on such crime allegations. In 2017, a thirty-year-old man was sentenced
to death for allegedly “insulting Prophet Muhammad” on Facebook.27
Prime Minister Imran Khan declared again, in June 2018, before an
audience of imams, his will to “support and defend article 295c” of the
Penal Code which punishes by death or life imprisonment anyone who
“defiles the sacred name of the Holy Prophet Muhammad.”28
The decision of the Court and all these reactions led us to fight in
favor of a referral at the Court.
The dashed hope for a referral to the Grand Chamber
After the Chamber judgment was delivered, we recommended to
Elisabeth Sabaditsch-Wolff ’s lawyers to request a referral of the case to
25 “EU court lauded for upholding verdict against blasphemy,” The Nation (Pakistan),
27 October 2018.
26 Government of Pakistan, Ministry of Information, Broadcasting & National Heri-
tage, Press Information Department, “Prime Minister Underscores the Importance of
Respecting Religious Sentiments of all,” Press release No. 70, 13 November 2018.
27 Sune Engel Rasmussen, “Pakistan: man sentenced to death for blasphemy on Face-
book,” The Guardian, 11 June 2017.
28 Memphis Barker, “Imran Khan criticised for defence of Pakistan blasphemy laws,”
The Guardian, 9 July 2018.
the Grand Chamber. This most solemn formation of the Court is com-
posed of seventeen judges and its judgments are final and cannot be
appealed against. Requests for referral are accepted on an exceptional
basis (5% of the cases), when the Court considers that what is at stake is
“a serious question affecting the interpretation or application of the Con-
vention or the Protocols thereto or a serious issue of general importance.”
The Grand Chamber can then sometimes reverse the prior judgment of
the Chamber. A reversal had been obtained in some cases in which the
ECLJ intervened.
We hoped that the Court would accept to re-try the E.S. v. Austria
case in the Grand Chamber. Indeed, the judgment of the Chamber
stood out clearly from the Court’s case-law. Previously, the Court had
established the principle that freedom of expression protects words that
“offend, shock or disturb”29 and that freedom of religion does not confer
the right “to see religion protected from negative comment.”30 Moreover, it
had recognized that believers had the obligation to “tolerate and accept
the rejection by others of their religious beliefs and even the propagation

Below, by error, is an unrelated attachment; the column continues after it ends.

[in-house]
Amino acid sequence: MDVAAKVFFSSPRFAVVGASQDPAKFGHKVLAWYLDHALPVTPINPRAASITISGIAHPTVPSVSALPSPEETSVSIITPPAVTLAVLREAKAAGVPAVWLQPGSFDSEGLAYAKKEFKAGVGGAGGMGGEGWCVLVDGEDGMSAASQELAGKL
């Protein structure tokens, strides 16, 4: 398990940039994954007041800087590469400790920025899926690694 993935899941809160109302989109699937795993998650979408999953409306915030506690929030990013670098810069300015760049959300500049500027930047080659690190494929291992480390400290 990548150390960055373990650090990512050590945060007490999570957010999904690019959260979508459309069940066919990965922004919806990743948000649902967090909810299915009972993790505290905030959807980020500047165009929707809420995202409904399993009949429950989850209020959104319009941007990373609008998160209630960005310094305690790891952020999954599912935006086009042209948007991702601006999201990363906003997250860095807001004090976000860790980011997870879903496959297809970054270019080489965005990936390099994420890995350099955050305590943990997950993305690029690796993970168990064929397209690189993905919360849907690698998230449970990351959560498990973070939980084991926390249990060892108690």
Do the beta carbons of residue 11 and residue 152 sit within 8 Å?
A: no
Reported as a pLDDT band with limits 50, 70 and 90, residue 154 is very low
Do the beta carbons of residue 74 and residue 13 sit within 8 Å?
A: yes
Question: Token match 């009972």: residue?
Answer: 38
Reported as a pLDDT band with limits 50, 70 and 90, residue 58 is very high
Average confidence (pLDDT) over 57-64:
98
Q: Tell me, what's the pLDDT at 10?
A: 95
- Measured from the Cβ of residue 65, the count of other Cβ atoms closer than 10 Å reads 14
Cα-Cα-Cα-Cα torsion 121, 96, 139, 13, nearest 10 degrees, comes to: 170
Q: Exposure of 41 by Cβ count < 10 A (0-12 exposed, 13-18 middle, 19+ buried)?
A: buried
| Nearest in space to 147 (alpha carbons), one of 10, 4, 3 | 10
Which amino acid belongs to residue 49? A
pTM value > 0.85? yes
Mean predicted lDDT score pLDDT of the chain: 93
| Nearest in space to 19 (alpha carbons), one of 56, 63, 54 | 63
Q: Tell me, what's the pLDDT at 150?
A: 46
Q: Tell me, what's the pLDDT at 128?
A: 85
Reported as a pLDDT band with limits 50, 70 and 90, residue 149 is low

by others of doctrines hostile to their faith.”31 On that basis, the Stras-
bourg judges guaranteed the freedom of expression of anti-religious
messages. Last year, it gave its protection to the famous “Pussy Riot,”
a punk band condemned in Russia for organizing a “performance” in
the choir of the Moscow Cathedral with cries including “shit, shit, shit
L***.”32 It also held that Lithuania could not sanction the dissemination
of blasphemous advertisements presenting Christ and the Virgin Mary
as tattooed and lascivious junkies.33 Thus the Court protected obscenity
against Christian symbols in Lithuania and Russia.
However, in 2018, the European Court did precisely the opposite:
it censored the criticism of Islam, with E.S. v. Austria. The fact that ra-
tional criticism of religion is less protected than antireligious obscenity
seems particularly unfair. That is why we encouraged the Grand Cham-
ber to reconsider the judgment on E.S. v. Austria, in order to clarify its
case-law. In a high-level seminar organized by the ECLJ at the Council
of Europe on freedom of expression in religious matters,34 several speak-
29 ECHR, Handyside, op. cit., §49.
31 ECHR, Otto-Preminger-Institut, § 47.
32 ECHR, Mariya Alekhina and others v. Russia, no. 38004/12, 17 July 2018.
33 ECHR, Sekmadienis Ltd. v. Lituania, no. 69317/14, 31 January 2018.
34 ECLJ, “New challenges to the Freedom of Religion in Europe in the Light of the
ers pointed out the inconsistency of this recent case law, which gives an
impression of “double standards” depending on whether the offended
believers are Christians or Muslims. Obscenity and incitement to vio-
lence must be censored, but not criticism.
The appeal to the Grand Chamber was supported by the 62,000 sig-
natories of the ECLJ petition for the right to criticize Islam in Europe.